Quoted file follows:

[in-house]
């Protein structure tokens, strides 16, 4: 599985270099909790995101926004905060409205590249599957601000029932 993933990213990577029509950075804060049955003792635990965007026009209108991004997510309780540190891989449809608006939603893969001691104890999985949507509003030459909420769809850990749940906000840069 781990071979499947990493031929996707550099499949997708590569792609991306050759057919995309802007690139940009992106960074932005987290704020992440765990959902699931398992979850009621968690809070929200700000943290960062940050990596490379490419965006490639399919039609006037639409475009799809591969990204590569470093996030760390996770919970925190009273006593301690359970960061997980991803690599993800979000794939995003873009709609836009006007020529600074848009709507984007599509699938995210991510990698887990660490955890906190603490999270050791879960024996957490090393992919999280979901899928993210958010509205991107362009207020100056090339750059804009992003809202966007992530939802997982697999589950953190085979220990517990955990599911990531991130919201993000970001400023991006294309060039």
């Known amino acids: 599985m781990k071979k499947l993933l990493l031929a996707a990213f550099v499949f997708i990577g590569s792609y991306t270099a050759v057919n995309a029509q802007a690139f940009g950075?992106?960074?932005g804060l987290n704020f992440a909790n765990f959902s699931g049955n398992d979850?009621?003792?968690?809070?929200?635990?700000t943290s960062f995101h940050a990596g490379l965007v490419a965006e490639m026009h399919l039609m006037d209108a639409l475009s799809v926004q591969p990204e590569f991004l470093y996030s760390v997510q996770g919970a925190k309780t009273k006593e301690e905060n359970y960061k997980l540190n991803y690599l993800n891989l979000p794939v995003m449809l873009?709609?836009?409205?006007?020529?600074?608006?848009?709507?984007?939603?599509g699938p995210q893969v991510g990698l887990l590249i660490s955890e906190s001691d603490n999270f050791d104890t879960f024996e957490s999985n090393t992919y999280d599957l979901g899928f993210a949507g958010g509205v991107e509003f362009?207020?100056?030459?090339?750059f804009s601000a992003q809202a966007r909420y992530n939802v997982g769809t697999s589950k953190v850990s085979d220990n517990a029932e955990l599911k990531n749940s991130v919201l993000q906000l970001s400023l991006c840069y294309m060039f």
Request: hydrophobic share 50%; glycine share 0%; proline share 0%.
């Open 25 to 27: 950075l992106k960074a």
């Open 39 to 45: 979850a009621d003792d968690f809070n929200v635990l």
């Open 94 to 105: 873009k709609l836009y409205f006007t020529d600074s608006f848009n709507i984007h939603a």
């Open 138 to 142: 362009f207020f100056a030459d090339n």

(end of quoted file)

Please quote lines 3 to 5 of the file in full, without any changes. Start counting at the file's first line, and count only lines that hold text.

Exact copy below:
């Known amino acids: 599985m781990k071979k499947l993933l990493l031929a996707a990213f550099v499949f997708i990577g590569s792609y991306t270099a050759v057919n995309a029509q802007a690139f940009g950075?992106?960074?932005g804060l987290n704020f992440a909790n765990f959902s699931g049955n398992d979850?009621?003792?968690?809070?929200?635990?700000t943290s960062f995101h940050a990596g490379l965007v490419a965006e490639m026009h399919l039609m006037d209108a639409l475009s799809v926004q591969p990204e590569f991004l470093y996030s760390v997510q996770g919970a925190k309780t009273k006593e301690e905060n359970y960061k997980l540190n991803y690599l993800n891989l979000p794939v995003m449809l873009?709609?836009?409205?006007?020529?600074?608006?848009?709507?984007?939603?599509g699938p995210q893969v991510g990698l887990l590249i660490s955890e906190s001691d603490n999270f050791d104890t879960f024996e957490s999985n090393t992919y999280d599957l979901g899928f993210a949507g958010g509205v991107e509003f362009?207020?100056?030459?090339?750059f804009s601000a992003q809202a966007r909420y992530n939802v997982g769809t697999s589950k953190v850990s085979d220990n517990a029932e955990l599911k990531n749940s991130v919201l993000q906000l970001s400023l991006c840069y294309m060039f």
Request: hydrophobic share 50%; glycine share 0%; proline share 0%.
């Open 25 to 27: 950075l992106k960074a």